SERAPHIM FALLS
© 2007 by C.E. Murphy. All Rights Reserved.
L to R: Pierce Brosnan as Gideon and Liam
Neeson as Carver in
SERAPHIM FALLS.

© 2007 Samuel Goldwyn Films

It's one of the oldest tales around: a hunter and
neo-Western
SERAPHIM FALLS, co-written and
directed by TV veteran David Von Ancken making
his feature directorial debut.

Wasting no time, the movie thrusts the
audience into the thick of things. We watch
Gideon (Pierce Brosnan) set up camp and make
a fire in the snowy setting of the Ruby
Mountains. Without warning or explanation, he
is shot in the arm and he takes off with a group
of men in pursuit led by Carver (Liam Neeson).
Immediately, there are questions. Who is
Gideon? Who is Carver? Why is pursuing him? It
soon becomes clear that Carver is paying the
other men a large sum of money to capture but
not kill Gideon. Since the setting for the movie
is 1868, we can make some assumptions, but
one should let the film unfold.

There's a cat-and-mouse quality to the first half
of the film that is intriguing, mostly because the
terse screenplay keeps the audience guessing
about the relationship between the two main
characters. Brosnan, all grizzled and hirsute, is
a much more formidable opponent than first
thought. He systematically picks off the men in
Carver's posse (including actors John Robinson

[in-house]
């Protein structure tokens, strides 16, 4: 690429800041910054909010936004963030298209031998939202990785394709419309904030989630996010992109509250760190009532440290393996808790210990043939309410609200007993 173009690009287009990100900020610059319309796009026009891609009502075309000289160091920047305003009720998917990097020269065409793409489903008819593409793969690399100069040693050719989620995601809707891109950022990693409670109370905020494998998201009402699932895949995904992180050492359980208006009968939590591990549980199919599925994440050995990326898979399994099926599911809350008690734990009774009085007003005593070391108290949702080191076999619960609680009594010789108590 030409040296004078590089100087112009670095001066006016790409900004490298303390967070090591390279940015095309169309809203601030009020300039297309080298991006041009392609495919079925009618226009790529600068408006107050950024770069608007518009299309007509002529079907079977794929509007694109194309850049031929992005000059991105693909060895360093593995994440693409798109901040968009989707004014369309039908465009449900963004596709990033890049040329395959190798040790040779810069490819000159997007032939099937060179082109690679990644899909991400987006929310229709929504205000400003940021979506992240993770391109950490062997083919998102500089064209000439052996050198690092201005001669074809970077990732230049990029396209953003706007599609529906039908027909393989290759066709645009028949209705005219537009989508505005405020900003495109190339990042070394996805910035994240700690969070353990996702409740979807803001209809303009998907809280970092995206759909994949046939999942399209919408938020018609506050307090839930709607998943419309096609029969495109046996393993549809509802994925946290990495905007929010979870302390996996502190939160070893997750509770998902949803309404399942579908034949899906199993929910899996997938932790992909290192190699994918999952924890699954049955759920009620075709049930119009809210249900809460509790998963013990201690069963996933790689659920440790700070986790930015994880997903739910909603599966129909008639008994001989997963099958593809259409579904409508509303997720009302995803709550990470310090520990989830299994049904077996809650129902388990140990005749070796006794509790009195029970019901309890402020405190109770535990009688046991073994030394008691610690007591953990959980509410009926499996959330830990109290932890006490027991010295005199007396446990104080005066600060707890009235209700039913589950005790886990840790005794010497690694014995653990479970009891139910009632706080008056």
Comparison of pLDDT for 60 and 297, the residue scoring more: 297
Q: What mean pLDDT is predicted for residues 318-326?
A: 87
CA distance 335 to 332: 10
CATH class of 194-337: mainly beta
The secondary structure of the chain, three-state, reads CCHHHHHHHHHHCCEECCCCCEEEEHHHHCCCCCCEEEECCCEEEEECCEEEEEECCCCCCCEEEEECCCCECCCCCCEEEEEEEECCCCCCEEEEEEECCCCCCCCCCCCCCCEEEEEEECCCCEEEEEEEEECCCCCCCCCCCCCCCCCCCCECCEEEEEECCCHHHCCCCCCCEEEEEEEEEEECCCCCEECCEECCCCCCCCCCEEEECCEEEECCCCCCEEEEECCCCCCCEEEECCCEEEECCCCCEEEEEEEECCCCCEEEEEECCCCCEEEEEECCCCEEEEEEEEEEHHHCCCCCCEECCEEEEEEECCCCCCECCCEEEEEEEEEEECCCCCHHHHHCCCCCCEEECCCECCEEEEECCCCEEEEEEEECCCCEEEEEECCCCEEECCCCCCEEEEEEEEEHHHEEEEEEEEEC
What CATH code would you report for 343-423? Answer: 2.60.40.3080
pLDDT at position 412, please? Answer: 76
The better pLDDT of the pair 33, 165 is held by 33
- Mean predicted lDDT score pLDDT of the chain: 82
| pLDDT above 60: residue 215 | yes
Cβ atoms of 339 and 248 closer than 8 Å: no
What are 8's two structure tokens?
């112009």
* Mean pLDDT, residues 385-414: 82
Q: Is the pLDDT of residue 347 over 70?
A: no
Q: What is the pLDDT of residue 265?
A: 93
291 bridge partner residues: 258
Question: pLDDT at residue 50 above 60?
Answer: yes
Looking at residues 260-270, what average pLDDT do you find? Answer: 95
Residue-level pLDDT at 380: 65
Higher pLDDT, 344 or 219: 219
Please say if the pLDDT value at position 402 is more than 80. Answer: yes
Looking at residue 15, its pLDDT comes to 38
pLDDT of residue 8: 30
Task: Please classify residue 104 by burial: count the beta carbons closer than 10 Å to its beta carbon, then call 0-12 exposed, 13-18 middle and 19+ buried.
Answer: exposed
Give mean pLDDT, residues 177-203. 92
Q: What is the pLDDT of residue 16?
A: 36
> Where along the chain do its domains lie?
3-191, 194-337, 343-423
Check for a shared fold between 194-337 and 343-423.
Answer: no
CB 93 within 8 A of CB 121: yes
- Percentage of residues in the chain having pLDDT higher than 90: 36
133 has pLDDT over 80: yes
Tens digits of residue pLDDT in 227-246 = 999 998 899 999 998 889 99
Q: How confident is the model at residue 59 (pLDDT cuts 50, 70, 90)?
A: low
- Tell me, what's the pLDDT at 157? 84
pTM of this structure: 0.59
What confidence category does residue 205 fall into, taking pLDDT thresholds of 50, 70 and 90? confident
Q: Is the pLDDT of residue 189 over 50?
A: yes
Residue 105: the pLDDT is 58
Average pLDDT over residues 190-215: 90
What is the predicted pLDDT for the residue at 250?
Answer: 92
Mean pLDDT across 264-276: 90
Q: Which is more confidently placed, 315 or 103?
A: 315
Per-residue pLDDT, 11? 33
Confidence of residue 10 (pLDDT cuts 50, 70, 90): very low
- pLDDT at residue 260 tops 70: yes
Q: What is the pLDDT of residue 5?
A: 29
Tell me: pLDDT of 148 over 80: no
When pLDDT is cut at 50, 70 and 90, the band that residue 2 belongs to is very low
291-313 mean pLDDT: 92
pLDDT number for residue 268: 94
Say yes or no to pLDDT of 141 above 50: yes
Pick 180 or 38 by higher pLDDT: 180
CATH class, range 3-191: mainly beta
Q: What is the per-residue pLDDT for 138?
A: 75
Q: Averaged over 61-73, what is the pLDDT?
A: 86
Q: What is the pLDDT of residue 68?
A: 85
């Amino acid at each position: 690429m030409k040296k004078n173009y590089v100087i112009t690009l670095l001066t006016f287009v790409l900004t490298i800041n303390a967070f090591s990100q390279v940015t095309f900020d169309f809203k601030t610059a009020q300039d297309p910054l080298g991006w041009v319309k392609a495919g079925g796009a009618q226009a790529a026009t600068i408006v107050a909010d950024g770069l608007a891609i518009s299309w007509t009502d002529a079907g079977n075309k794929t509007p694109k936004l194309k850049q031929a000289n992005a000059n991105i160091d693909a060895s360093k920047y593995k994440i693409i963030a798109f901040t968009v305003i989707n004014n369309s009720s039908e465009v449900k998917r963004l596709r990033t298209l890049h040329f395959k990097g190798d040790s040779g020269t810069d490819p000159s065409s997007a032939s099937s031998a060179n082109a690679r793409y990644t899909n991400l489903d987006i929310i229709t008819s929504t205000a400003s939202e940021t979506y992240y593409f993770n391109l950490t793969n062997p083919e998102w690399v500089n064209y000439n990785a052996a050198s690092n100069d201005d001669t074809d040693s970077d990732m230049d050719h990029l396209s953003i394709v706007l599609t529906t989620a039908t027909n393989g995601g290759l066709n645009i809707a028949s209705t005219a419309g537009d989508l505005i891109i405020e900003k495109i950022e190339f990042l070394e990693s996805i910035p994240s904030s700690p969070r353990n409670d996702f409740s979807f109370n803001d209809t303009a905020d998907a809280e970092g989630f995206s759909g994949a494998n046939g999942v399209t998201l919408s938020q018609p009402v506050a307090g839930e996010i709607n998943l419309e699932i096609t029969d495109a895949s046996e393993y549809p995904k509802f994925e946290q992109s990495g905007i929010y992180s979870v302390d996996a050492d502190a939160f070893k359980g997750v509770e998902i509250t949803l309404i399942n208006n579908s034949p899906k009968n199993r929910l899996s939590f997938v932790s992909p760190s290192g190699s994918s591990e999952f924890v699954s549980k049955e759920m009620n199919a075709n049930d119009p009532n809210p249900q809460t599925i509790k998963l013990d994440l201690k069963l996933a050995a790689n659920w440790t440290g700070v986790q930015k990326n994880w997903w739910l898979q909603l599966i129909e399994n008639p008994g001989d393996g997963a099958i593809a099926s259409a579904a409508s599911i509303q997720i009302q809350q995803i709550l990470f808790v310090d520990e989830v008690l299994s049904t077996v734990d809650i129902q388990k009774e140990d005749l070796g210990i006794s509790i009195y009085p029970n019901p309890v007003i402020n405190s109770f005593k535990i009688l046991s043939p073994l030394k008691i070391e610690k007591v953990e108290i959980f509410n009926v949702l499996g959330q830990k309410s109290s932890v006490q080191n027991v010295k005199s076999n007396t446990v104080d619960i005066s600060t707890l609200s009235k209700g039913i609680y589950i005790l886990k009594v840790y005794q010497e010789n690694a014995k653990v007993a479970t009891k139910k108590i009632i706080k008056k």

as a callow youth, Ed Lauter as a mercenary,
and Michael Wincott as the sharpest of the
bunch).

The action of the movie travels from the snowy
mountains to a desert region where the final
confrontation between the two men occurs. By
this point, though, the audience doesn't really
care since Von Ancken has dragged the story
out. (There's also a weird cameo by Anjelica
Huston and her character could spur much
debate -- is she real or a figment of the men's
imaginations? Or is she really the Devil in
disguise? Or an angel?)

Brosnan and Neeson are both good actors and
they are nicely matched here. The reason for the
enmity between them is solid, but by the time
of the big reveal it seems almost anticlimactic,
particularly because the film drags on and on
and on. (Some judicious editing would have
helped matters perhaps.) The best thing about

SERAPHIM FALLS
is the extraordinary
cinematography by Academy Award winner John
Toll.


Rating:               C-
MPAA Rating:    R for violence and brief
                  language
Running time:   115 mins.